New Trans-Pacific trade deal a 'nail in coffin' for animal welfare, fears RSPCA
The UK’s accession into the Trans-Pacific trade bloc is another nail in the coffin for animal welfare in the UK, warns the RSPCA.
The animal welfare charity has warned that the deal could allow the import of products produced to lower animal welfare standards than are legal at home.
Many members of the CPTPP (Comprehensive and Progressive Agreement for Trans-Pacific Partnership) use methods of production that would be illegal in the UK and there are no explicit references to animal welfare standards in the trade bloc’s formal conditions.
The RSPCA fears that meat produced in the bloc’s member countries using methods that are illegal in the UK - such as sow stalls and battery eggs - will find their way onto the UK’s supermarket shelves and unwittingly onto the plates of British consumers.
RSPCA head of public affairs David Bowles said:
The UK joining this Trans-Pacific trade bloc is another potential nail in the coffin for animal welfare standards back home. Many CPTPP countries use methods of production which are illegal here, such as sow stalls and battery cages for laying hens. Worryingly, we now fear there will be nothing to stop those products from being imported into the UK.
We were hoping that this Trans-Pacific agreement would result in a far better outcome in terms of animal welfare than the stand-alone trade deals with Australia and New Zealand, but this looks like another catastrophic own goal for animal welfare.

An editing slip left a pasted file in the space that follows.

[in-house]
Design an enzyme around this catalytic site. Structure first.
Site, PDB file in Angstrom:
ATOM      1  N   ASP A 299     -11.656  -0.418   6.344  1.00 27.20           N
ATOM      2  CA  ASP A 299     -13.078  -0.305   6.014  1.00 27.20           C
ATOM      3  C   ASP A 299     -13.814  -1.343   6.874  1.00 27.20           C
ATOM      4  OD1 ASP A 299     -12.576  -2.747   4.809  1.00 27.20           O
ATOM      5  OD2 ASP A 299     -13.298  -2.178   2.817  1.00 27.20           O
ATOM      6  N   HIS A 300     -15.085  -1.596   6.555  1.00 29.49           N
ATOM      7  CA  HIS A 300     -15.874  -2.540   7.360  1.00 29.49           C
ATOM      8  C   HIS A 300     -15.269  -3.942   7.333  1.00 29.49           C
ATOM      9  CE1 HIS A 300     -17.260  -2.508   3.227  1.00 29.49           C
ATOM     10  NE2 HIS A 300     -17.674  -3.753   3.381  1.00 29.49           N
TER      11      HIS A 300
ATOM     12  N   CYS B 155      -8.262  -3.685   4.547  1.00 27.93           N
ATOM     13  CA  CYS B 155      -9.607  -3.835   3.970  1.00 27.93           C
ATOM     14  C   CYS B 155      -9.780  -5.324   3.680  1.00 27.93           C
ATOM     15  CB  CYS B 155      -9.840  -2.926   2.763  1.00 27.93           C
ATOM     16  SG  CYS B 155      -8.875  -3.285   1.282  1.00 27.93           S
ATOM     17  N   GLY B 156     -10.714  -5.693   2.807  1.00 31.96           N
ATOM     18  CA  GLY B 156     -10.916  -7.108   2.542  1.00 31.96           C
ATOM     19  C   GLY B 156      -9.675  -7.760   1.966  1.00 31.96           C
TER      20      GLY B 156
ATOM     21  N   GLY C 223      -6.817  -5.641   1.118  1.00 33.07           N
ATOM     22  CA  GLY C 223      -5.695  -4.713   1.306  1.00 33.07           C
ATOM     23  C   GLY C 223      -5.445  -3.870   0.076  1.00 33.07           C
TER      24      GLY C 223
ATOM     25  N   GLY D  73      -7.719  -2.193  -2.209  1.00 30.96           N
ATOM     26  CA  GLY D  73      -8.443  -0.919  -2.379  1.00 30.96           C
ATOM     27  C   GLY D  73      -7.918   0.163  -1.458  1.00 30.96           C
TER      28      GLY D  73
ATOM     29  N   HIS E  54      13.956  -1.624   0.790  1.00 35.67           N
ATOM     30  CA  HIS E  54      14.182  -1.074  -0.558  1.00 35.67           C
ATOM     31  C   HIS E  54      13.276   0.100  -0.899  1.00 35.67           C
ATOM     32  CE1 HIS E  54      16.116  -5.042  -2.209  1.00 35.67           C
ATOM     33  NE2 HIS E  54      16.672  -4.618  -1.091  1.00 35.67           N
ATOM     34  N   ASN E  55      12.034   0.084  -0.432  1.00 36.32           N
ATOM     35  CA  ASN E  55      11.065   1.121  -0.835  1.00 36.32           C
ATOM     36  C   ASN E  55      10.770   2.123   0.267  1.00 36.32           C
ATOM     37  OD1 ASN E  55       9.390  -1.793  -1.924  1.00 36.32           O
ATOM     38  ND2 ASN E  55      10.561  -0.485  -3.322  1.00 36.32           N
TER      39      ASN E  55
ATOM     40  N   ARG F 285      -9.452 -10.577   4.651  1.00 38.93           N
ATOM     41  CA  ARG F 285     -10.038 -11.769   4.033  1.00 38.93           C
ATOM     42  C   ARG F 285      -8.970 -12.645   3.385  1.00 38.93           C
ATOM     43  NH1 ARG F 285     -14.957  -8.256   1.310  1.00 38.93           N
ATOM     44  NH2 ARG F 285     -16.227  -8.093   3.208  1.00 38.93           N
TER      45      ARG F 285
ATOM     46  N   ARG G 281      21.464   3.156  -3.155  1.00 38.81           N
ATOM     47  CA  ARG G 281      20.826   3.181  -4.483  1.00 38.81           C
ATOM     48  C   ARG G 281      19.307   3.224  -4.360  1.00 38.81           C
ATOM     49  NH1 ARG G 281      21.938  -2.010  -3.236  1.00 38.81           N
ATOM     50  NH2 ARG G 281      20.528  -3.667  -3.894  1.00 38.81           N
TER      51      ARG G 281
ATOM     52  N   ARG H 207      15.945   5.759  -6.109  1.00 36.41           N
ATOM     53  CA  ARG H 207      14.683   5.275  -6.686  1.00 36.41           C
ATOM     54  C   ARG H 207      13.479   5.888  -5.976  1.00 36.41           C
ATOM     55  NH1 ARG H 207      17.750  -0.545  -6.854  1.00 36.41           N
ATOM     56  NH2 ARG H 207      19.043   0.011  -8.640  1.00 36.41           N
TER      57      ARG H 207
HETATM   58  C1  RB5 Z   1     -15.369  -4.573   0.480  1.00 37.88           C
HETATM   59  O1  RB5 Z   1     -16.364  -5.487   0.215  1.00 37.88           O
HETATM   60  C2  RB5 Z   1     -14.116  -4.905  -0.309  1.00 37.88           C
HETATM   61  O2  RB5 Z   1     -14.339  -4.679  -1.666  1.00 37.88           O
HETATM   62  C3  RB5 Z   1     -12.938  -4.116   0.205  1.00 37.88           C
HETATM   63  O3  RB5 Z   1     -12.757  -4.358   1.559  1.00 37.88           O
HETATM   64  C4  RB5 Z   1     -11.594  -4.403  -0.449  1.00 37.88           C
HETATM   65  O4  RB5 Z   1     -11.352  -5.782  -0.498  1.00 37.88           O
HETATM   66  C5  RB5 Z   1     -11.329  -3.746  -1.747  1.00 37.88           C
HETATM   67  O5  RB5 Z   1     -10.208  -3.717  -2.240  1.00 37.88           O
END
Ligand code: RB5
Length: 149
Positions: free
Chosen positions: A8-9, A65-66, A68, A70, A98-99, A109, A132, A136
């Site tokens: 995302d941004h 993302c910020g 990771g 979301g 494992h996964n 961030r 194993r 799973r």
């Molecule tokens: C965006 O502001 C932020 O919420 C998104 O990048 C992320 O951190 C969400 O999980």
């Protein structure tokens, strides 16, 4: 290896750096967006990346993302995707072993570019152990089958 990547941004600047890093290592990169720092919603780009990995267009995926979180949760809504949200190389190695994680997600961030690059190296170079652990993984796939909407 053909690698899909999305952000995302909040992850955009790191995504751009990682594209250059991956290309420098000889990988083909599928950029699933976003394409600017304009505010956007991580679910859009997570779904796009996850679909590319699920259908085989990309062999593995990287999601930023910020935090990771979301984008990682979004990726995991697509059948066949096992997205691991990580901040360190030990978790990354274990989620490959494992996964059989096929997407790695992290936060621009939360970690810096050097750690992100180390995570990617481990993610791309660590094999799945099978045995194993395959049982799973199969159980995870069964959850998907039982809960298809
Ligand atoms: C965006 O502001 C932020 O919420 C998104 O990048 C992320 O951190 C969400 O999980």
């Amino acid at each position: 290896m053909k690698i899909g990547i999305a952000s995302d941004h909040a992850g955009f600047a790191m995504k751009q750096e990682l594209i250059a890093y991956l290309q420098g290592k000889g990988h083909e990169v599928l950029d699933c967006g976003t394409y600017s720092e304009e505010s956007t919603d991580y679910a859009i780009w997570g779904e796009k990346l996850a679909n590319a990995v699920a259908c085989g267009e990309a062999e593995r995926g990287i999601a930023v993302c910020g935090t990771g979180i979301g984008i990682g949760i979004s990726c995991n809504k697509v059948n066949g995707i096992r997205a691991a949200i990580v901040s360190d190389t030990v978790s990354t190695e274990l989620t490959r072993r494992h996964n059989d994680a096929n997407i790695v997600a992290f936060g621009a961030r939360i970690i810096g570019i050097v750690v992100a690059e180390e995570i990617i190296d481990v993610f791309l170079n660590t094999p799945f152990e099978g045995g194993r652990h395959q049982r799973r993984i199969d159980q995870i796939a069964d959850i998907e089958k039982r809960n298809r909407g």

The UK Government had said it was committed to maintaining welfare standards in international trade deals - but has negotiated a deal that will allow 55,000 tonnes of pig meat produced under standards illegal in the UK to be imported; and, worryingly an endless amount of egg products produced in battery hens cages, a system that has been illegal in the UK since 2012. Bizarrely, the only country not allowed to export its eggs under the agreement is Australia - which is too far away, in any case!
Unless iron-clad safeguards on standards are produced, this deal is a huge concern. Animal welfare standards are not addressed in this Trans-Pacific trade bloc agreement nor seemingly in what the UK has negotiated. But if the UK Government is to honour its manifesto commitment to protect our leading standards, it must take steps to keep these products off our supermarket shelves.
The CPTPP member nations include Australia, Brunei, Canada, Chile, Japan, Malaysia, Mexico, New Zealand, Peru, Singapore and Vietnam. In most respects, the UK has higher legal animal welfare standards than virtually every other CPTPP member country. Many of the members, including Canada and Mexico, use methods of production that are illegal in the UK.
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